When you have the desired flavor, heat the milk mixture a bit and pour some of it into the yolks, whisking constantly to temper the mixture. Pour the yolks and cream back into the pan and cook slowly over medium heat, stirring constantly, until it coats the back of a spoon. Strain into a clean container and cool, stirring occasionally. Chill thoroughly.

Pour into your ice cream maker and freeze. Pour into a clean container, cover the surface of the ice cream with a piece of plastic wrap, be sure the container lid is tight and place in your freezer to firm up.

Nectarine Sauce

4 ripe nectarines
3-4 T water
juice of half a lemon, to taste
sugar, to taste

Pit and chop the nectarines. Place in a saucepan with the remaining ingredients. Cook over low heat until juices are rendered and the nectarines are soft, adding water if needed. Adjust lemon juice and sugar for flavor. Remove from heat and cool.

You can leave the sauce chunky or blend it for a smooth texture.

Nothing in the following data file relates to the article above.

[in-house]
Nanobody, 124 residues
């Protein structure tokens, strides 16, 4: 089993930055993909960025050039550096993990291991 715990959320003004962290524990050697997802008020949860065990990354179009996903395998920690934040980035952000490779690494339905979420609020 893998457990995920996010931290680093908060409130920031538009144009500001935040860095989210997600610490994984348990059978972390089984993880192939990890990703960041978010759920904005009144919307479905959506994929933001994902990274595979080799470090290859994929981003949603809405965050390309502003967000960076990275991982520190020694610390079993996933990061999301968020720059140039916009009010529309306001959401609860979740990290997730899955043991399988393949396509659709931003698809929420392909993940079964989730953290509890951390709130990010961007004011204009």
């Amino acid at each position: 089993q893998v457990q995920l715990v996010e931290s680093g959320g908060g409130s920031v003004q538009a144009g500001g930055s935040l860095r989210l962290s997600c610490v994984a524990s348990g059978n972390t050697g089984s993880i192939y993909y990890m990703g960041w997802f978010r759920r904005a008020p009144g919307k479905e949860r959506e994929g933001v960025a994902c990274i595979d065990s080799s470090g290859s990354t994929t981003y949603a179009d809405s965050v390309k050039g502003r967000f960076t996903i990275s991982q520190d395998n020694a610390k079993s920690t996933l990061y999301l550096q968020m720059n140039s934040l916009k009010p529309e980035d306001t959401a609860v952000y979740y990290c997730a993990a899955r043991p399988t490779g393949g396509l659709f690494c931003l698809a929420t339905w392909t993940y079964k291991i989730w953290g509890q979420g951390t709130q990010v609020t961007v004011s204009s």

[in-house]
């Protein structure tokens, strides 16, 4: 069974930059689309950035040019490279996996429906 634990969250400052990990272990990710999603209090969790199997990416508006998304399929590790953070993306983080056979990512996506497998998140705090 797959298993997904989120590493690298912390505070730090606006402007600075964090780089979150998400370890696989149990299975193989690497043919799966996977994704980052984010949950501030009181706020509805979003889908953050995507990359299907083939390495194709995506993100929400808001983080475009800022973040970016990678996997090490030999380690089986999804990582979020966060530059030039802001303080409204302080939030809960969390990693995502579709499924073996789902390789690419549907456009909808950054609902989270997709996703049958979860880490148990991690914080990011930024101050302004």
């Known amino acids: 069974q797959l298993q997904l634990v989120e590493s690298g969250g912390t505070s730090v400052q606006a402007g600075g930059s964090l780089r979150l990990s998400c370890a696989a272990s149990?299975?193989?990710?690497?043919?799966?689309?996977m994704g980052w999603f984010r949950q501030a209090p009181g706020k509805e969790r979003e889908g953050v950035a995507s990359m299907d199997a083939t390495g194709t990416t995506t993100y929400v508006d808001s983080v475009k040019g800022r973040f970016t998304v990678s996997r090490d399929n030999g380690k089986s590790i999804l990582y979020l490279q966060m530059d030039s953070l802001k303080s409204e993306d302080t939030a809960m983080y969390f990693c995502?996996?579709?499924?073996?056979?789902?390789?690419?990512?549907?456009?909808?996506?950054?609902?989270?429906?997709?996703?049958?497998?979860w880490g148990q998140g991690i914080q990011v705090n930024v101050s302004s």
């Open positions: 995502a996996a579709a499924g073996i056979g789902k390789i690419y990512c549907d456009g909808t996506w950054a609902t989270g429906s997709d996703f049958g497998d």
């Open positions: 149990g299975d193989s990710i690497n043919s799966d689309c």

Anonymous said...

Who would have considered that apricot pits might be a great flavour maker? Surely not I, and would that it were possible to grow apricots at my latitude. When they finally appear at the market, let me remember to buy, eat, and save pits for this tempting dessert....

Another beautiful series of photos.


Y said...

I remember when I was maybe eight, and cracked open an apricot pit out of curiosity, nibbled the little kernel inside and went, Blechhh! :D

Aran said...

Hi Gayle, I was waiting for this recipe! I can't wait to try it... beautiful!

cindy* said...

the color of that sauce...gorgeous. seriously.

i have been wanting to make something like this ice cream for some time, but it seems so intimidating. so pretty!

Tartelette said...

Every year my aunt chasese after our plates (I am not there anymore but I know she still does it) to save the pits for ice cream and jams. She does it for ice cream too. Wonderful flavor!! I have never made it but your post makes me crave it again!

Anonymous said...